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Proprioception

Study shows 85% reduction in ankle sprain recurrence with off season proprioceptive training.
Proprioception

Proprioceptive Training


Proprioceptive training decreases recurrent ankle sprains
 
Clinical Question
Do male soccer players with previous inversion ankle sprains have fewer sprains if they engage in proprioceptive training, strength training, or if they use an orthotic?
 
Bottom line
In this small unblinded study, male soccer players with a previous ankle sprain experience fewer sprains in the subsequent season, compared with untreated control patients, if they are treated with proprioceptive exercises. The study didn't have enough power to tell whether proprioceptive exercises are better than orthotics or strength training.
2b-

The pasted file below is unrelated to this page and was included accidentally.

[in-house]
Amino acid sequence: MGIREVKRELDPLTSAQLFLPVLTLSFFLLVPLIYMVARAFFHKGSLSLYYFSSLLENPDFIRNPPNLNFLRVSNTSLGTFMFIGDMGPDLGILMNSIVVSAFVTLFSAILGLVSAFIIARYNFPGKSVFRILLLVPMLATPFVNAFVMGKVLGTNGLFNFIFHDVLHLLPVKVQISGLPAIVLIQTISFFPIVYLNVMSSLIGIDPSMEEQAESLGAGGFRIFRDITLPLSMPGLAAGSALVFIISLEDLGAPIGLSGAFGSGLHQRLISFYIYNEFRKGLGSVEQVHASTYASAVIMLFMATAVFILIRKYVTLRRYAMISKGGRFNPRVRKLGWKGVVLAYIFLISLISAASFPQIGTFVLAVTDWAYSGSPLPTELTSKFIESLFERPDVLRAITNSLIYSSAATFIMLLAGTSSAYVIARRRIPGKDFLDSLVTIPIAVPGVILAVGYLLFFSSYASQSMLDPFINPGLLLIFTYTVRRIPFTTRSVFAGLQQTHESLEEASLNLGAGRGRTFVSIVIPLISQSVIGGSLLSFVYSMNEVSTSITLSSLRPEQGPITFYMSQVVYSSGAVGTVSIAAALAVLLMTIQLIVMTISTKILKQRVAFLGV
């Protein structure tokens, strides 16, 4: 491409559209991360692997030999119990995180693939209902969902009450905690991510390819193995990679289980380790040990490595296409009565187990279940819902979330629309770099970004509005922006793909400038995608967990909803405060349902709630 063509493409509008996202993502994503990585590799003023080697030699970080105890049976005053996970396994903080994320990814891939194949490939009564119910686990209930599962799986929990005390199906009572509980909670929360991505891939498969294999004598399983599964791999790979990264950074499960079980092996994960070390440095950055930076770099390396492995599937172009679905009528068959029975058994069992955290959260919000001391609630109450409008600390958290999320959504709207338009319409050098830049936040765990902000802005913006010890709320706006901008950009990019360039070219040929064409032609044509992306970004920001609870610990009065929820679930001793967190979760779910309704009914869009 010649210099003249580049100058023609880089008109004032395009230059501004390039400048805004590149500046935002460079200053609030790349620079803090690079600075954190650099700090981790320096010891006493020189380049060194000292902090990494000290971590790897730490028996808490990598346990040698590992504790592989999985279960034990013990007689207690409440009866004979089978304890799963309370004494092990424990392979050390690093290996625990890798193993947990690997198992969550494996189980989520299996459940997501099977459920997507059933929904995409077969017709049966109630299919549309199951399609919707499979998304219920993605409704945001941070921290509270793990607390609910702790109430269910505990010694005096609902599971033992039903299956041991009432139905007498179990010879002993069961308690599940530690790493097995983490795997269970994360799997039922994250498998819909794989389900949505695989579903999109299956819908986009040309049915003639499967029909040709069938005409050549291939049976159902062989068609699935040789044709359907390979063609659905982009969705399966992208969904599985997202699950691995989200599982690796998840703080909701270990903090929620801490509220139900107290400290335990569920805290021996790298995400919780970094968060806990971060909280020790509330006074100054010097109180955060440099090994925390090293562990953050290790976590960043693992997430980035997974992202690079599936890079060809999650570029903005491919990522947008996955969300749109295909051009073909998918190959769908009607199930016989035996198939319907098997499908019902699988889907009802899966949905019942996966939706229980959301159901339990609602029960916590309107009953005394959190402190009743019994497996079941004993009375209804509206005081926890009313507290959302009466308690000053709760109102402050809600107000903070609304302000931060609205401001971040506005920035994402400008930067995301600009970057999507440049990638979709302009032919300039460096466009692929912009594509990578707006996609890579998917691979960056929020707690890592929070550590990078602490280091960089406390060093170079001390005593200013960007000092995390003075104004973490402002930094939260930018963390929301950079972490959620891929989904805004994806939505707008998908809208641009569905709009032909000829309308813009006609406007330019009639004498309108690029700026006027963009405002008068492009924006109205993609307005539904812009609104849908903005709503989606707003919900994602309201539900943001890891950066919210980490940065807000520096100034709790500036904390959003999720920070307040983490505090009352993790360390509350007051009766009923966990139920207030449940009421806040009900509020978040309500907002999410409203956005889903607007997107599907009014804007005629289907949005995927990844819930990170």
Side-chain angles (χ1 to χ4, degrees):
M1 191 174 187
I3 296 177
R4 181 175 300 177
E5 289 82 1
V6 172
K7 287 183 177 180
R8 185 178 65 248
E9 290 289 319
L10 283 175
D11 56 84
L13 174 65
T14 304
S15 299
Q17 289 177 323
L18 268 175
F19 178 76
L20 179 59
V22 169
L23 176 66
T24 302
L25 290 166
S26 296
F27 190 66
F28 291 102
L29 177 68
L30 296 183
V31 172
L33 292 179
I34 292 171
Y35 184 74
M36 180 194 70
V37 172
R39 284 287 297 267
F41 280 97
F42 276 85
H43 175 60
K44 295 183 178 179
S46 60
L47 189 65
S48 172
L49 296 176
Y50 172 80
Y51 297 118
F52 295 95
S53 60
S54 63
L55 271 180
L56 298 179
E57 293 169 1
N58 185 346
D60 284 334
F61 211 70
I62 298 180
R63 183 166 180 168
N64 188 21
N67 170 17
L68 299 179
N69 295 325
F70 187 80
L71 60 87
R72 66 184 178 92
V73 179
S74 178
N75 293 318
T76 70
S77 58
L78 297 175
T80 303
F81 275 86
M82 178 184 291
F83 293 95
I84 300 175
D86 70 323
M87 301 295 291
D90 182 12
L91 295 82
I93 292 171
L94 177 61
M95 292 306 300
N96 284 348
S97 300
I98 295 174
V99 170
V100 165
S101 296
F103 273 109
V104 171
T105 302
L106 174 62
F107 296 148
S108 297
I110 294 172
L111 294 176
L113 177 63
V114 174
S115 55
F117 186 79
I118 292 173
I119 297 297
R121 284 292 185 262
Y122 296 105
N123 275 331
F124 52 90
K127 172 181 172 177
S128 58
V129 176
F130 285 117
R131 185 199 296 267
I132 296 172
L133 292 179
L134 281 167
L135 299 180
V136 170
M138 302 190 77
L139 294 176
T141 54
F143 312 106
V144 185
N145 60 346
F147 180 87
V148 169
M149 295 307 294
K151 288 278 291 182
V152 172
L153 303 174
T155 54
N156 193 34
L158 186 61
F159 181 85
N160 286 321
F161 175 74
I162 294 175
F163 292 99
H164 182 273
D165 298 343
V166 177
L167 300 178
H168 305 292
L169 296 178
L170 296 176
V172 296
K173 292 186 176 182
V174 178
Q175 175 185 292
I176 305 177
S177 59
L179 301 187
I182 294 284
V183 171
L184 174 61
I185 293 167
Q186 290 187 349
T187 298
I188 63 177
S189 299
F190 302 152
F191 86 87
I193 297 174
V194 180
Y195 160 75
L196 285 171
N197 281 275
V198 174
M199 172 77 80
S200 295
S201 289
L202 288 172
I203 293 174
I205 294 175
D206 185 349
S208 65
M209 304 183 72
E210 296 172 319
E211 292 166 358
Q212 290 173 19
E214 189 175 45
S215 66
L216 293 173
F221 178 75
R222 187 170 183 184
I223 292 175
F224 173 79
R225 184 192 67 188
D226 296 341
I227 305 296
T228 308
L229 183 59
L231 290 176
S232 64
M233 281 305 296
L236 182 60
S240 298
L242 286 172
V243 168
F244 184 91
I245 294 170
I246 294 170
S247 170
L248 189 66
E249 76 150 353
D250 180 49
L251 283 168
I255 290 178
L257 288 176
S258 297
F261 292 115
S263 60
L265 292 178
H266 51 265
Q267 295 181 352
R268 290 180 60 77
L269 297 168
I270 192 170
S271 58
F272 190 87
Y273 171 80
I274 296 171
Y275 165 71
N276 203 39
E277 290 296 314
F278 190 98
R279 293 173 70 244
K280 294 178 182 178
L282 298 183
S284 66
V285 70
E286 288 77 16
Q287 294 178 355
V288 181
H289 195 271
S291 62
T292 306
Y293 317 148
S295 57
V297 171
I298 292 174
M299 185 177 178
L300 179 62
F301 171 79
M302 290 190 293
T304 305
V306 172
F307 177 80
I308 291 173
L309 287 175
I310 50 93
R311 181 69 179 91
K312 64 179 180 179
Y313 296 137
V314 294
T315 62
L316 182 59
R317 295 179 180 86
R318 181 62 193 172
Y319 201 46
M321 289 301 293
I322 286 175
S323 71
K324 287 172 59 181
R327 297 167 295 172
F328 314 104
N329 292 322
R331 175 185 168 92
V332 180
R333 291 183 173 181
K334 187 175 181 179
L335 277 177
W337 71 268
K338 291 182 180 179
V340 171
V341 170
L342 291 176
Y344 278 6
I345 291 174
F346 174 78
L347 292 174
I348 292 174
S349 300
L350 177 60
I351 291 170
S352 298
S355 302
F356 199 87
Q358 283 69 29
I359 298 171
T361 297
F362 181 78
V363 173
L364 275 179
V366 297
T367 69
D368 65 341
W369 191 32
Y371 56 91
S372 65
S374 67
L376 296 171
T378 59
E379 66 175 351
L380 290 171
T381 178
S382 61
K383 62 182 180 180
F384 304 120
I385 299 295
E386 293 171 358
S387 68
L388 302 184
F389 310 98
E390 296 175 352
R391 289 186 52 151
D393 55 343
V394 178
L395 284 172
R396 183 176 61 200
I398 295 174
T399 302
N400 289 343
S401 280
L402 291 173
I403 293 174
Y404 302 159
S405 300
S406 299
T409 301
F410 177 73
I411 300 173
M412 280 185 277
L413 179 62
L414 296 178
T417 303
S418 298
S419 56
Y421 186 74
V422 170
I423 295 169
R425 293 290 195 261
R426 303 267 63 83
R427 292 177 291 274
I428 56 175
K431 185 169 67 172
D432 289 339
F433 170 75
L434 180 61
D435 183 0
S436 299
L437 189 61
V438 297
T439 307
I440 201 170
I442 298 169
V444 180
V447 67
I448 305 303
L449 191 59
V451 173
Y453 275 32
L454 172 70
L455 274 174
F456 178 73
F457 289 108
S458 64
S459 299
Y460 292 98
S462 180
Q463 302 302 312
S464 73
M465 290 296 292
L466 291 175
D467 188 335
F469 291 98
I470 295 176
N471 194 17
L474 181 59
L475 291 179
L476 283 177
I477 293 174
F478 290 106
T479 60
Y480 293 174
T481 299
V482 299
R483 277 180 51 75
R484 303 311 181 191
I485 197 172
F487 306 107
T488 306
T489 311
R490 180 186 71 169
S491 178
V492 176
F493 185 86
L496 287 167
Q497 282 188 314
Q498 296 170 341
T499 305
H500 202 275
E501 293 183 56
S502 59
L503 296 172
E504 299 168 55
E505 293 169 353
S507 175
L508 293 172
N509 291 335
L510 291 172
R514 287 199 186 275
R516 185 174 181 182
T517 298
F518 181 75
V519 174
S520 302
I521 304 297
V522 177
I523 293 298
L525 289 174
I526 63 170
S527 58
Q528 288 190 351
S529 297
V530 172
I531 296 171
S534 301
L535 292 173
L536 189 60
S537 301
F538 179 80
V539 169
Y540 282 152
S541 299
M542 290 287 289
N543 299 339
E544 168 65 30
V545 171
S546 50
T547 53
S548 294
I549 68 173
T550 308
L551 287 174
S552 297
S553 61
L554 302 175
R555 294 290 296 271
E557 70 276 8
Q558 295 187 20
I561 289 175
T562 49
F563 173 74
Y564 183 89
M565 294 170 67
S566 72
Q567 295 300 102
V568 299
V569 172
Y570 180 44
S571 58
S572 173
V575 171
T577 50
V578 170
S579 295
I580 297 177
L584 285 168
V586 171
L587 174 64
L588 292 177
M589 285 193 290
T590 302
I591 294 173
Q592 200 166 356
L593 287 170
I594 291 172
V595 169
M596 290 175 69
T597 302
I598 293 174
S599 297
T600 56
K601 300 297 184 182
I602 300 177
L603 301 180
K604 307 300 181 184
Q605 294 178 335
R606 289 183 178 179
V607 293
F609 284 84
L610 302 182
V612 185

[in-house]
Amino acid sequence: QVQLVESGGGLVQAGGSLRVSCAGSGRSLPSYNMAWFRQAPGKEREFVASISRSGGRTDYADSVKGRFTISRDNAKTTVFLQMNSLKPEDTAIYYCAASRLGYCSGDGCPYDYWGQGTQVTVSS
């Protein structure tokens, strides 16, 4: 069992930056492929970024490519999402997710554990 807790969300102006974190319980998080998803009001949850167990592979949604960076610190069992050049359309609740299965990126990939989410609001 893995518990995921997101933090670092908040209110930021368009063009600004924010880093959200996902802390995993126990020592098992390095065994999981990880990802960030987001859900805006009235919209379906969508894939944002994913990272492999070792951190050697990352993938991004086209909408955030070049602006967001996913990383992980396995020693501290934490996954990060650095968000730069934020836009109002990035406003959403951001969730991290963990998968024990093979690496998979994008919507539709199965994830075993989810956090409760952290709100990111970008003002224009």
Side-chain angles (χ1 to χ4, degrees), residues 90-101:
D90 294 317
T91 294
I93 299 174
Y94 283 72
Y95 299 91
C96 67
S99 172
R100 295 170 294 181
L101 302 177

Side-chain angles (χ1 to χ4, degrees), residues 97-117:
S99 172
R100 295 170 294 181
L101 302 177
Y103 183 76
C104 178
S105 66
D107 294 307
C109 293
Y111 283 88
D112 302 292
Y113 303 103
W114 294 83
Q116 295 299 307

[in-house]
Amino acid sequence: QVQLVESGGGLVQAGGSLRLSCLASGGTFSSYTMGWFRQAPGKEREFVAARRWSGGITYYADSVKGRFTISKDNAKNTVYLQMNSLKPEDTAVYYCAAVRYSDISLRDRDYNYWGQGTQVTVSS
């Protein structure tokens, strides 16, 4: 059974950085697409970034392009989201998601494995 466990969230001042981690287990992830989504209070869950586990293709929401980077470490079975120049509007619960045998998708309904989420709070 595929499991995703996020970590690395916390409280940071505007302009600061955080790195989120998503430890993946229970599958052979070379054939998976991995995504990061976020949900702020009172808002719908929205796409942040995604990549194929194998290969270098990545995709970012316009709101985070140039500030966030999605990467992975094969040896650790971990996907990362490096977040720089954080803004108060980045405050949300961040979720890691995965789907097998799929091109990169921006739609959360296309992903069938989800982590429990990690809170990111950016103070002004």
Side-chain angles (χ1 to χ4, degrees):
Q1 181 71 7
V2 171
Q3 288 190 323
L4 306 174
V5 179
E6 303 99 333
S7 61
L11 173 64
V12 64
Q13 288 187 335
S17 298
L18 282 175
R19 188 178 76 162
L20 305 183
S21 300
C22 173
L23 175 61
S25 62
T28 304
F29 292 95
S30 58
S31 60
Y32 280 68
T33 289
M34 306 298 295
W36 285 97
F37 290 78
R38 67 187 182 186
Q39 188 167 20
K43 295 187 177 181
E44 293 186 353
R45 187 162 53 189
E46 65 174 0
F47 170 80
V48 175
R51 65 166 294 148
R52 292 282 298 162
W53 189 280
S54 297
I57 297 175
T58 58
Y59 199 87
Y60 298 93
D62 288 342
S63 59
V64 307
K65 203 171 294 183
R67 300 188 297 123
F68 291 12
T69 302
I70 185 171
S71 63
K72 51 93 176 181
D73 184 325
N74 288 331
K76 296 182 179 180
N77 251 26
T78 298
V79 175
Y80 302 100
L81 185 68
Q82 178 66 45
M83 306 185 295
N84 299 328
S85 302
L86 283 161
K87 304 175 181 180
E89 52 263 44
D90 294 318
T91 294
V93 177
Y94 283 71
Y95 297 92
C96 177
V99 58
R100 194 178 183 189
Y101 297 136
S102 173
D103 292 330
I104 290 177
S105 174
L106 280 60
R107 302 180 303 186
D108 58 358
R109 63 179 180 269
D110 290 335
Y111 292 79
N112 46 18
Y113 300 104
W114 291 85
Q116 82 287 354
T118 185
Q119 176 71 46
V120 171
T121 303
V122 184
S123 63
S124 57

Reference
Mohammadi F. Comparison of 3 preventive methods to reduce the recurrence of ankle inversion sprains in male soccer players. Am J Sports Med 2007;35:922-926.
 
Study design:
Randomized controlled trial (nonblinded)
 
Funding:
Unknown/not stated
 
Allocation:
Uncertain
 
Setting:
Outpatient (specialty)
 
Synopsis
Eighty male soccer players with a prior history of inversion ankle sprain, the most common type of injury in many sports, were randomly assigned to proprioception training, strength training, the use of an orthotic (ankle air brace), or a control group. The main outcome was a recurrence of the sprain during one soccer season after the index sprain. The author doesn't describe using an intention-to-treat approach. The number of practice sessions and games for each group was the same (90 and 30, respectively). Eight of 20 control patients experienced a subsequent sprain compared with 1 of 20 treated with proprioception, 4 of 20 with strength training, and 2 of 20 with orthotics. Compared with the control condition, the only statistically significant difference was seen in the soccer players treated with proprioception. The study was too small to tell whether proprioceptive exercises are better than orthotics or strength training.
 
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